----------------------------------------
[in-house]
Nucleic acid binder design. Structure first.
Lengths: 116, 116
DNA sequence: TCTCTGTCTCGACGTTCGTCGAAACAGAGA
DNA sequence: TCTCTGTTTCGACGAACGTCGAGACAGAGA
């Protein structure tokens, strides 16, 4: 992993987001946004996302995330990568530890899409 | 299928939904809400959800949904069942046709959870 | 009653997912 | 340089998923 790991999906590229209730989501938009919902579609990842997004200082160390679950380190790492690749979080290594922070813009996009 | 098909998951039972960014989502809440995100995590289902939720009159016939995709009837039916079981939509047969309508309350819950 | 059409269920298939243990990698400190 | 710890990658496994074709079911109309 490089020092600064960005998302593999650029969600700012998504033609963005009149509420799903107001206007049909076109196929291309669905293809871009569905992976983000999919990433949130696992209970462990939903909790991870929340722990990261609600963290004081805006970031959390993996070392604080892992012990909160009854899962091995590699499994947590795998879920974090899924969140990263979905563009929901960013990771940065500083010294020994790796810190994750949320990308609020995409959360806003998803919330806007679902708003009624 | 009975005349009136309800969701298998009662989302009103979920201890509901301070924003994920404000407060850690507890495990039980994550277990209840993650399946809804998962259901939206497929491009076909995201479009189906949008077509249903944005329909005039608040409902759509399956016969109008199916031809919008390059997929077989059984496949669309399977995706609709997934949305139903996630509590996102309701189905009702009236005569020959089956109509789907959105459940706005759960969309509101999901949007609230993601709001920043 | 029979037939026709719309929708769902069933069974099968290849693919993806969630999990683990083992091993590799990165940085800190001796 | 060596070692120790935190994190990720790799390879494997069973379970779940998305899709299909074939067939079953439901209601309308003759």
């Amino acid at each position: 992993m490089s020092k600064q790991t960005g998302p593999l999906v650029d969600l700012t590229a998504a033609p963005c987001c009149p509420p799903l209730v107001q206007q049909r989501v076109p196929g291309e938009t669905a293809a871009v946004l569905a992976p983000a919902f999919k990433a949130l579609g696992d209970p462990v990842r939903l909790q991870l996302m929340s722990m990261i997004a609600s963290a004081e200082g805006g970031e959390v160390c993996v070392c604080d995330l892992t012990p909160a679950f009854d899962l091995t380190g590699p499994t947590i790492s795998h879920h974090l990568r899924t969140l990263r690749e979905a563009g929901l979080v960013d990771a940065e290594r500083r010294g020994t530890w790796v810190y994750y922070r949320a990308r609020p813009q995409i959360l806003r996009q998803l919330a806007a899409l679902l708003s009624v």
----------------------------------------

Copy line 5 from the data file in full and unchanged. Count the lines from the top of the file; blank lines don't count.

DNA sequence: TCTCTGTTTCGACGAACGTCGAGACAGAGA